FALL ON ROCK, UNROPED, OFF ROUTE
Alberta, Rocky Mountains, Mouth Edith Cavell
On August 11, 1991, after summitting the east ridge of Mount Edith Cavell in mixed weather conditions, J.B. and J.L. had a short lunch break, and then began their descent via the west ridge.
After reaching a series of short, steep rock steps at 3293 meters, the decision was made to rappel. While down-climbing a few steps to reach the rappel station, J.B. apparentiy slipped; he tumbled past his partner and disappeared into the fog of clouds which shrouded the upper part of the mountain. The following morning his body was recovered by the Canadian Park Warden Service Search and Rescue. (Source: Canadian Parks Service, Jasper)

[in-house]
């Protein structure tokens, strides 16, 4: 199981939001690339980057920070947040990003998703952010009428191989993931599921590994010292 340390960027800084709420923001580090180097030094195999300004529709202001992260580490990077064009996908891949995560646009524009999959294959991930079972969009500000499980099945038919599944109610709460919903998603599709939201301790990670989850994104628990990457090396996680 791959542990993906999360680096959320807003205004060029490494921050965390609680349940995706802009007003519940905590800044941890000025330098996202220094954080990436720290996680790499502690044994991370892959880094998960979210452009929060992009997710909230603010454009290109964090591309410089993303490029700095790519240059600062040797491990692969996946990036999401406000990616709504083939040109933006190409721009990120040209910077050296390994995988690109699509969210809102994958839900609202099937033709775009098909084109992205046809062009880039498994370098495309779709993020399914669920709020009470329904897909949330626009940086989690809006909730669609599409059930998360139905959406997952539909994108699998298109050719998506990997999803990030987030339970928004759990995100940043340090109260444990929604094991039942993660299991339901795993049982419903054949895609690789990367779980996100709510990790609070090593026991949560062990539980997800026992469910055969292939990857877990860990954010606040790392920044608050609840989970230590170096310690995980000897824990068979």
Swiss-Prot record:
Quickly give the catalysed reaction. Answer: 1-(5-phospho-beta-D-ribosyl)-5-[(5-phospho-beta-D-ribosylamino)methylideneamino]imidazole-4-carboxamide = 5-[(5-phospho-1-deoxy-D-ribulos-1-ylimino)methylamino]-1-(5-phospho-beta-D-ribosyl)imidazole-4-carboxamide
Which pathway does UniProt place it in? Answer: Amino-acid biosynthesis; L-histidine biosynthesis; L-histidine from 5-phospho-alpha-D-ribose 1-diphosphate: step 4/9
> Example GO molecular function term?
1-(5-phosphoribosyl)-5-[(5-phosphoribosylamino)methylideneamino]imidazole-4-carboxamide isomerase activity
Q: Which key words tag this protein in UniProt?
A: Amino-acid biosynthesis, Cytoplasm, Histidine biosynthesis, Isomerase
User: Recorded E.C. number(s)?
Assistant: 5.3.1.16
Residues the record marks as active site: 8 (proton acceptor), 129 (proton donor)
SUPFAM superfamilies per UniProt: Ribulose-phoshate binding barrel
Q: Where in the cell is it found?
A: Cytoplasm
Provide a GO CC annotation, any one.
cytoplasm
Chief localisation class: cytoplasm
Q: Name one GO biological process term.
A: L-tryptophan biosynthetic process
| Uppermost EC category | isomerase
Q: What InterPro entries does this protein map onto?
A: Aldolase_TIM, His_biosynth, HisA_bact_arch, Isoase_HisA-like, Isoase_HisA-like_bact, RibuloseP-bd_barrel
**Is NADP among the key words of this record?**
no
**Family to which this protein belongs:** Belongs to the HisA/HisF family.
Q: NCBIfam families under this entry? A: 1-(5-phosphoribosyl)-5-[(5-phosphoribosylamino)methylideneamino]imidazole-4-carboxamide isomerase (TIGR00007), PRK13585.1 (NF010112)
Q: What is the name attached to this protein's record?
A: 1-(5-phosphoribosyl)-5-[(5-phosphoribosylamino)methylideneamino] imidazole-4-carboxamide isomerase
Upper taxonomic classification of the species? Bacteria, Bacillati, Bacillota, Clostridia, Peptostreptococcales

The experience of the party was adequate for the objective. The primary cause of the fatality was human error and unfamiliarity with the descent, as the steep steps which they intended to rappel can be avoided completely by descending slightly to the southwest. (Source: Canadian Parks Service, Jasper)
(Editors Note: This kind of accident is frequent enough to mention once again the need for great caution around rappel stations, where people are likely to be tired after the climb, may be chilled after waiting for the anchor to be set up, and where exposure is often dangerous. In cases where one must move down over an edge to reach the anchor, it would be appropriate for each person to be belayed or provided a hand line until securely on rappel.)